Momma, I Made It: Actor Percelle Ascott
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The Innocents actor Percelle Ascott talks about his Zimbabwean roots and teaches us some South London slang.
The Innocents is a new Netflix show about two teen lovers (Harry and June) who decide to run away from their repressive families. But their journey of self-discovery swerves to a new level of cray when they discover that June has the ability to shape-shift (spoiler alert: so does her mom). Harry is played by 25-year-old Zimbabwean actor Percelle Ascott who spoke to YR Media’s Nyge Turner and Merk Nguyen.
This interview has been edited for length and clarity. Check out the full conversation on YR Media’s Adult ISH podcast (episode 1) and at yradultish.com.
Nyge: So I’m definitely trippin’ out right now because earlier this week, I binge watched the whole show and then I’m hearing your voice. I’m like, “Oh shoot! Like it’s Harry! Like wow!” The whole time I was watching I was like, “This dude can really act though!”
Percelle: Thank you bro…I feel like [playing a 16-year-old] I’ve got like this kind of Pharrell gene now.
Nyge: So clearly you know how to be a good boyfriend or at least act like one. What else did playing this role teach you about love?
Percelle: I think love is not just a feeling. It’s the action that comes with it. Sometimes you wake up and you might not be feeling love, but you have to still choose to perform that action. Also, I played a 16-year-old character where I had to strip my own instincts [because] as you get older, I feel like we lose our purity and our vulnerability to certain things. When you take yourself back to that time when you first fell in love and you see a message from a person that you like and your heart’s racing — that is the kind of feeling that we want to take people back to.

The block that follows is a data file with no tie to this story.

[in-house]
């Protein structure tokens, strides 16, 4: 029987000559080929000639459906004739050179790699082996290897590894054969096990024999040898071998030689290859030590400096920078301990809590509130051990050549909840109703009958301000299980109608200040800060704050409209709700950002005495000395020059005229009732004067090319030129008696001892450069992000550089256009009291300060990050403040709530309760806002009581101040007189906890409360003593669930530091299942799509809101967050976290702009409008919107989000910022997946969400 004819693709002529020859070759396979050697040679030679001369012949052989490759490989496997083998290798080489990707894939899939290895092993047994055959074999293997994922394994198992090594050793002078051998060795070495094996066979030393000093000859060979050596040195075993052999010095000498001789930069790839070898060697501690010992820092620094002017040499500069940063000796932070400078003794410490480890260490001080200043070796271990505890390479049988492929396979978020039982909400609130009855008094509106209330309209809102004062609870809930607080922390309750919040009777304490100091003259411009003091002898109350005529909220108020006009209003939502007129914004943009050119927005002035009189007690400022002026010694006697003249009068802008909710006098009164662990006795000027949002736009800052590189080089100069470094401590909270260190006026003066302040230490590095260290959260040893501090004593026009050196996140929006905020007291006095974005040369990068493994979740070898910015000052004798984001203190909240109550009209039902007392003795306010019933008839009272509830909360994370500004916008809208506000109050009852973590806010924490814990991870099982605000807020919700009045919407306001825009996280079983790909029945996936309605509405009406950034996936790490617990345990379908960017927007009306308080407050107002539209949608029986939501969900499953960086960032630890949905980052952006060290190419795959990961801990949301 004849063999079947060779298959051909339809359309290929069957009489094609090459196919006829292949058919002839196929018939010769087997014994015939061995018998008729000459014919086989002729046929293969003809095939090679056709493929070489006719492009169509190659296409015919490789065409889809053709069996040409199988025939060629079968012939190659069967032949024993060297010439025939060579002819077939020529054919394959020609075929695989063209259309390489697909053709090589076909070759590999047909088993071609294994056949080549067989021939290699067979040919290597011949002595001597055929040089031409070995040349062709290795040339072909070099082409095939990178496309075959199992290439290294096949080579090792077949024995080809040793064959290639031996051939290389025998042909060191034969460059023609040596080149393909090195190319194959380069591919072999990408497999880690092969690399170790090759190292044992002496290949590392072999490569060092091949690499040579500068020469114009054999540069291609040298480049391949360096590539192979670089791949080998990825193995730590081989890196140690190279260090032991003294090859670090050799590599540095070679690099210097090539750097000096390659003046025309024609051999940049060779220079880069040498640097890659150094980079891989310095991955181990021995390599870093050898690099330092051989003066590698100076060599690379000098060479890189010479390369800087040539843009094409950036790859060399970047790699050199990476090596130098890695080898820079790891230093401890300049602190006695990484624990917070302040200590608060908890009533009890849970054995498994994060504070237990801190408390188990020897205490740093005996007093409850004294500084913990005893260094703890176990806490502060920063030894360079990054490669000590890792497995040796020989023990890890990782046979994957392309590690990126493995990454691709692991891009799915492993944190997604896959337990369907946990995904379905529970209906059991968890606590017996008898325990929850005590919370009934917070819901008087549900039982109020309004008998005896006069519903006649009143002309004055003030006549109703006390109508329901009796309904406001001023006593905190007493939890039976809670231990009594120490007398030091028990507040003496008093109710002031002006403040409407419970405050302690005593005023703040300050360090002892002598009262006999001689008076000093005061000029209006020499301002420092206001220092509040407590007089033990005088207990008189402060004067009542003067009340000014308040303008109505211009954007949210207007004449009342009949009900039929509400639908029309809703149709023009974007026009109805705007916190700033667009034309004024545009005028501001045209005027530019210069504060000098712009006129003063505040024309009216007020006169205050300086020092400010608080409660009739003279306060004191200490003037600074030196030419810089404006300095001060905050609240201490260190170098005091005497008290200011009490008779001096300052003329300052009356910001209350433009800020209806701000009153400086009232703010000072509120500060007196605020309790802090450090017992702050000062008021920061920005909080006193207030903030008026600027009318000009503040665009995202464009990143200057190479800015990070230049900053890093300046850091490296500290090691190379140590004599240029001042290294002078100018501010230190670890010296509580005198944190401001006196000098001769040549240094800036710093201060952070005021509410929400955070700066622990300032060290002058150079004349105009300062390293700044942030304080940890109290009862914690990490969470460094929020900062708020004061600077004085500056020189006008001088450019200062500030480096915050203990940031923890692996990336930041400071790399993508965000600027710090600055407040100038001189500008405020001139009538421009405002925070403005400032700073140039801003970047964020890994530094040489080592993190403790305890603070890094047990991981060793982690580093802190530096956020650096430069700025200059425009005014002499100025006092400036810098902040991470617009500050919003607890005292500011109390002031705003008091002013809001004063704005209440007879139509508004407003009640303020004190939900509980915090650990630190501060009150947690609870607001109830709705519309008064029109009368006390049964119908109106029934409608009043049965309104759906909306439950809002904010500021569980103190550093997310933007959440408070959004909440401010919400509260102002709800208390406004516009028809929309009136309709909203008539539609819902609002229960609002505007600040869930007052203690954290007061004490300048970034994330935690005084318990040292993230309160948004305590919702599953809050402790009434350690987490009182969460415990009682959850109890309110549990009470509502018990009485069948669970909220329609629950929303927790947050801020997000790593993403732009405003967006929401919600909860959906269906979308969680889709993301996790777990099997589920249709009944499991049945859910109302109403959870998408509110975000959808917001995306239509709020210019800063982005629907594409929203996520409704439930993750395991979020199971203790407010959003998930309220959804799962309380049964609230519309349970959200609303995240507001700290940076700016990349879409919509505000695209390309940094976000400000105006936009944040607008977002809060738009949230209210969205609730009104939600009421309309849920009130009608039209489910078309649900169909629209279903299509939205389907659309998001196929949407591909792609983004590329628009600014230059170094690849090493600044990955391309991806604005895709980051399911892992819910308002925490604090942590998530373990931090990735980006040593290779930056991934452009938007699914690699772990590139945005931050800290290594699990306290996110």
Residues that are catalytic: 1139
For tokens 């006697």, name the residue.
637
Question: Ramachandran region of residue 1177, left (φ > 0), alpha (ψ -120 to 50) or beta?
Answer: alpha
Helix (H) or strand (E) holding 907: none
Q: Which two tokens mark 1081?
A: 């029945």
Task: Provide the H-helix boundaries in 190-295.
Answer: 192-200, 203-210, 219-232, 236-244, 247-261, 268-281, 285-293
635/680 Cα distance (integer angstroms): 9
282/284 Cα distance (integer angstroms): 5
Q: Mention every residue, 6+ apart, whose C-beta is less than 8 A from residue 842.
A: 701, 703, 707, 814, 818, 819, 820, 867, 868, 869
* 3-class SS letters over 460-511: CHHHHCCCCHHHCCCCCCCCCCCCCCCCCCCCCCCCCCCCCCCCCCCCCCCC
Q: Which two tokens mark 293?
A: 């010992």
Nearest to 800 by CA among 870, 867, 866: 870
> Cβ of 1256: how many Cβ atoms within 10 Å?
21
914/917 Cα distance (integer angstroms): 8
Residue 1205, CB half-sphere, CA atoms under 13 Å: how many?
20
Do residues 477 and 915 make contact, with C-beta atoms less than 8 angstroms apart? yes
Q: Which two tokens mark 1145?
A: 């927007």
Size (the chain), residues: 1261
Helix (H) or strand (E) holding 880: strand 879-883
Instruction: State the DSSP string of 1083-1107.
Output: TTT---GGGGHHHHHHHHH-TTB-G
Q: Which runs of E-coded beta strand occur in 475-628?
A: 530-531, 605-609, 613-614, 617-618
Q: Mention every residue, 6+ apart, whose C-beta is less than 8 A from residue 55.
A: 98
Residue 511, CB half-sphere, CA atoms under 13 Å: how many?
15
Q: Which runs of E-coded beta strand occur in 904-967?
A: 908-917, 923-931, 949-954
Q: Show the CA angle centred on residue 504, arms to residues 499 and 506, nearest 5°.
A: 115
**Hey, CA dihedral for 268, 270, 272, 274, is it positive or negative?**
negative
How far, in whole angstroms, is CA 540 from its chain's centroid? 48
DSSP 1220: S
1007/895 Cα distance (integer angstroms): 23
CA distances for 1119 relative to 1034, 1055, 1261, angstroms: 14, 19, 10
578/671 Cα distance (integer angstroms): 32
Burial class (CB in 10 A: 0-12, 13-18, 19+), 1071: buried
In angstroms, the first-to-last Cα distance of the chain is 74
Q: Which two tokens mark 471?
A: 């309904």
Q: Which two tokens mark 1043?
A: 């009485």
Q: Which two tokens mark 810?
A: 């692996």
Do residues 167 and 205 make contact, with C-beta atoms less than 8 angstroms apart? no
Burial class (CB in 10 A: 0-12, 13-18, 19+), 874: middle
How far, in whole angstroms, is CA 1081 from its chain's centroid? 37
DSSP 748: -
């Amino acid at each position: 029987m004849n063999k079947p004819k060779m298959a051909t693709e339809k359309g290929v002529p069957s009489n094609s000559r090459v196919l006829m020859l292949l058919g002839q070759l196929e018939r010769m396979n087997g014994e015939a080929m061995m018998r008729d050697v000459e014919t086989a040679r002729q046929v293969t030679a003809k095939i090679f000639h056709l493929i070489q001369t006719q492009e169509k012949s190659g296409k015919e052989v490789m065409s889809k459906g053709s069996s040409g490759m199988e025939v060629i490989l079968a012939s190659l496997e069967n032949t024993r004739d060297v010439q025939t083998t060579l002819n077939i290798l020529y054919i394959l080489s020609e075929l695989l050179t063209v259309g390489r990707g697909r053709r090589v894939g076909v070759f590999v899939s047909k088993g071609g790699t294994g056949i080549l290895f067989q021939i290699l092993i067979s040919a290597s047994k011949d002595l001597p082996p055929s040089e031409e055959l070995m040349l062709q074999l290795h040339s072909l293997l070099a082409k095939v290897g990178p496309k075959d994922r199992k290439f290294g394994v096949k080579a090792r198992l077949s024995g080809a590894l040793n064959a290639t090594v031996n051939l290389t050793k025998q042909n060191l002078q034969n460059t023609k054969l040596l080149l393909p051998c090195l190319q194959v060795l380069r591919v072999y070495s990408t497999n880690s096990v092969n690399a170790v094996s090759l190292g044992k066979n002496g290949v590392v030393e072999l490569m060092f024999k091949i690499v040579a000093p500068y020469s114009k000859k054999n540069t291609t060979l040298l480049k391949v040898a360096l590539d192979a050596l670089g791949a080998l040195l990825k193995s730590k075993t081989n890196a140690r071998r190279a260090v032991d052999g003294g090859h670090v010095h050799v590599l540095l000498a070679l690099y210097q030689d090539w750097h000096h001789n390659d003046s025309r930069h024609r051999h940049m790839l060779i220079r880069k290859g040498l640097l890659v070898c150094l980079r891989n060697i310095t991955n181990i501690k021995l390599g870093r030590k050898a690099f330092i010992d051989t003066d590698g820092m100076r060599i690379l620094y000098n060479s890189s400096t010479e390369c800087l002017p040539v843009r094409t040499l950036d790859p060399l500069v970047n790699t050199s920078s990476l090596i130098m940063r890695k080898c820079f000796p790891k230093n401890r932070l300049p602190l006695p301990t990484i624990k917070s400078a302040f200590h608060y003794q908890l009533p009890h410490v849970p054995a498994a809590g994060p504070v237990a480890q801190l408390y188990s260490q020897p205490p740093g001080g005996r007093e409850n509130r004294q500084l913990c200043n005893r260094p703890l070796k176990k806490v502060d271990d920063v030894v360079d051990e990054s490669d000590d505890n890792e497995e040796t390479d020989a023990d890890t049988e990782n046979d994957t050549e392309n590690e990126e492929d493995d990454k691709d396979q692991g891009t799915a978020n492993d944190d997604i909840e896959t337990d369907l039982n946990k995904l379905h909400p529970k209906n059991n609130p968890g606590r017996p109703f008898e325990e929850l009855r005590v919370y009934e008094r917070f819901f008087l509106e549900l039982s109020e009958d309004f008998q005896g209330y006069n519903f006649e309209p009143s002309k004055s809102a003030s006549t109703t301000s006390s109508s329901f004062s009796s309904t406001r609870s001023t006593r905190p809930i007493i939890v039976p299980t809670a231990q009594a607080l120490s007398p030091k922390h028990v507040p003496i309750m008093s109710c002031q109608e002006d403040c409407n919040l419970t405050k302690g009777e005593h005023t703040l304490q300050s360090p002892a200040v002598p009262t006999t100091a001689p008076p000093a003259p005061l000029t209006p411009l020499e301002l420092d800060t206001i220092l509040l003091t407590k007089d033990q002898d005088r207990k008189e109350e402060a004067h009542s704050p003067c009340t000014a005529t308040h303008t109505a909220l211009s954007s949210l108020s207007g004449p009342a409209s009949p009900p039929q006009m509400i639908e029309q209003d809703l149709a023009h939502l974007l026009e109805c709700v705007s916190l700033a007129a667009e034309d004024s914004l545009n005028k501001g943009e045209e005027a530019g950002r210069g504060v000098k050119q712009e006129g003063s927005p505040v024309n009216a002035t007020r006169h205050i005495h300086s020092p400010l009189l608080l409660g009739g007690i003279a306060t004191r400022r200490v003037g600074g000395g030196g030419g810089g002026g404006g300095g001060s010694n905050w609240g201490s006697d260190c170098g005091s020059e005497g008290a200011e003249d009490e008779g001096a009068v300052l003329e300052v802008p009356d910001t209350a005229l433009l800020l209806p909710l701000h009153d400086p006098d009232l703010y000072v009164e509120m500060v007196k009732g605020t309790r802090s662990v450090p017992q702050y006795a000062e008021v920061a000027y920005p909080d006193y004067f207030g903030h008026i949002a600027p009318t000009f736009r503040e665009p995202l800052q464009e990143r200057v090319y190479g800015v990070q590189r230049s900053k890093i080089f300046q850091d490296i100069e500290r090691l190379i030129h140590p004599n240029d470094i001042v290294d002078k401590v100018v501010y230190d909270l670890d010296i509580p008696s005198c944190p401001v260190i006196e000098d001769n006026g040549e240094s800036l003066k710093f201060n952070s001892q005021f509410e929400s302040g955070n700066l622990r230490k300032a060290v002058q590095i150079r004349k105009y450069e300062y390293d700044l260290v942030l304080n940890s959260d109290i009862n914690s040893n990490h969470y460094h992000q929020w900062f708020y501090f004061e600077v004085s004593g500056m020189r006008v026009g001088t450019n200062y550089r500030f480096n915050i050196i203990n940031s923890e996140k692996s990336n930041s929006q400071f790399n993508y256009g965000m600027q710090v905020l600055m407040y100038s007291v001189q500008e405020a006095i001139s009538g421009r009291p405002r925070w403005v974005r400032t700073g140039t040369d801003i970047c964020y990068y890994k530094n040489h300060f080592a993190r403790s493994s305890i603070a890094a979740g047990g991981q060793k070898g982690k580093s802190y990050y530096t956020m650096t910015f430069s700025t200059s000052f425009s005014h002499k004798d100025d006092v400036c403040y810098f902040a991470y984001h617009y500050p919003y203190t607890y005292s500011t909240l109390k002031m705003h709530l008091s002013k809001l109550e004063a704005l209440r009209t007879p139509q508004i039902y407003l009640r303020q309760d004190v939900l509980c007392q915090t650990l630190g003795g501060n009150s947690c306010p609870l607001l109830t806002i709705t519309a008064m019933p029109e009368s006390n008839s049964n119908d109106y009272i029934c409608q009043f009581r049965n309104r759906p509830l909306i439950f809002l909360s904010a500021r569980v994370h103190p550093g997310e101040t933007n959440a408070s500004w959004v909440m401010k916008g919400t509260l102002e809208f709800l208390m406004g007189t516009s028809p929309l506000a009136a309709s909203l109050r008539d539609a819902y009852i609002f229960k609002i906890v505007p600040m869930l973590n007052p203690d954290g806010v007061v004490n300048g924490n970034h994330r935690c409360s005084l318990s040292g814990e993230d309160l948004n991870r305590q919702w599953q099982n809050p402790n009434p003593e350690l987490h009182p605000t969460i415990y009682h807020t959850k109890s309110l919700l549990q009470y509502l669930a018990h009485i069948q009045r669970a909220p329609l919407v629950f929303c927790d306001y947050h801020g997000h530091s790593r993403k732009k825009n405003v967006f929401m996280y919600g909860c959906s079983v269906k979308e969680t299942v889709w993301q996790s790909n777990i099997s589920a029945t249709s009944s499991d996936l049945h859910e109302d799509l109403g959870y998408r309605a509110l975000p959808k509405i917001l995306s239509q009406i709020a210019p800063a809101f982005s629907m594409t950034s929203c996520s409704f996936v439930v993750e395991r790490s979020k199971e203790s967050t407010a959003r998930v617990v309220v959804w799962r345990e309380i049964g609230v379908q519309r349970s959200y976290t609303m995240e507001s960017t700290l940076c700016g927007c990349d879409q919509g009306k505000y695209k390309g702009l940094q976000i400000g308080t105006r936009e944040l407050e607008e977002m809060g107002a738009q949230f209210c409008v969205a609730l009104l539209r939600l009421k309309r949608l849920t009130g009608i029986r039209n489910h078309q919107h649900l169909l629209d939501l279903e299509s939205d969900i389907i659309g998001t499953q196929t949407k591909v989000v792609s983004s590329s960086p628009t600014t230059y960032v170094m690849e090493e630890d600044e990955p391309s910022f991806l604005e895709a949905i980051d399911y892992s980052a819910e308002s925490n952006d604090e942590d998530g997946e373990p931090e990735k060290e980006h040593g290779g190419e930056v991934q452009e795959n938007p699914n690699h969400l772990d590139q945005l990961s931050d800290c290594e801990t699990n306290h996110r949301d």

Merk: You’ve had a diverse set of roles and diversity in Hollywood has always been an issue. But what about across the pond? Do you think that the film industry is moving in the right direction or are a lot of roles still ‘Hoodie #1’ and ‘Hoodie #2’?
Percelle: Change has definitely happened. What I liked about when I picked up [The Innocents] script was that [Harry] didn’t identify to any particular race. Across the pond, I feel like we have the same diversity issues. But for me and my friends, that was the reason why we created the company Wall of Comedy — because we were birthed from a lack of opportunities.
Merk: Where do you find the balance to do all of these things? It sounds like you have a lot on your plate.
Percelle: I don’t think I’ve probably found the balance if I’m completely honest with you. [But] I just go back to my roots — being first generation Zimbabwean, coming to London, you have that conversation with your mom or your dad and they say to you, “Son or daughter, you have to work twice as hard.” So I guess it’s your purpose.
Merk: So you’re just very diverse with your roles. Could you please do an American accent for us? Maybe describe a nice walk on the beach.
Percelle: Look, producers might hear this and they’ll be like, “No, we’re not casting you. We heard a Jamaican accent. He ain’t good enough right now.” Give me a couple months and I’ll hit you up with an American accent, I promise! Can you guys do a British accent?
Merk: (in British accent) Well sometimes I can try but then it kind of turns into an Aussie accent and then I’m like, “Oh hey, what’s up? Thunder from Down Under.”
Nyge: What are some keywords that I could just like put in there that are like, “Oh yeah, I mean he’s official”?
Percelle: [For instance,] if you’re telling a story and you’re trying to get to that point quicker, you can say “tutusna”. Yeah, it’s almost like saying etcetera. [Or if] someone’s good looking you might say “peng”.
Nyge: It’s just “peng”? Because I’ve got boys in London and they taught me wrong. They told me it was “pengting”.
Percelle: It depends from what part of London you are. I’m from South London.
Nyge: They’re from South London too. But I’m gonna just tell them, “My boy Harry from The Innocents told me that you are trash.”
Percelle: Yeah. Tell them to get at me. I need to teach them something.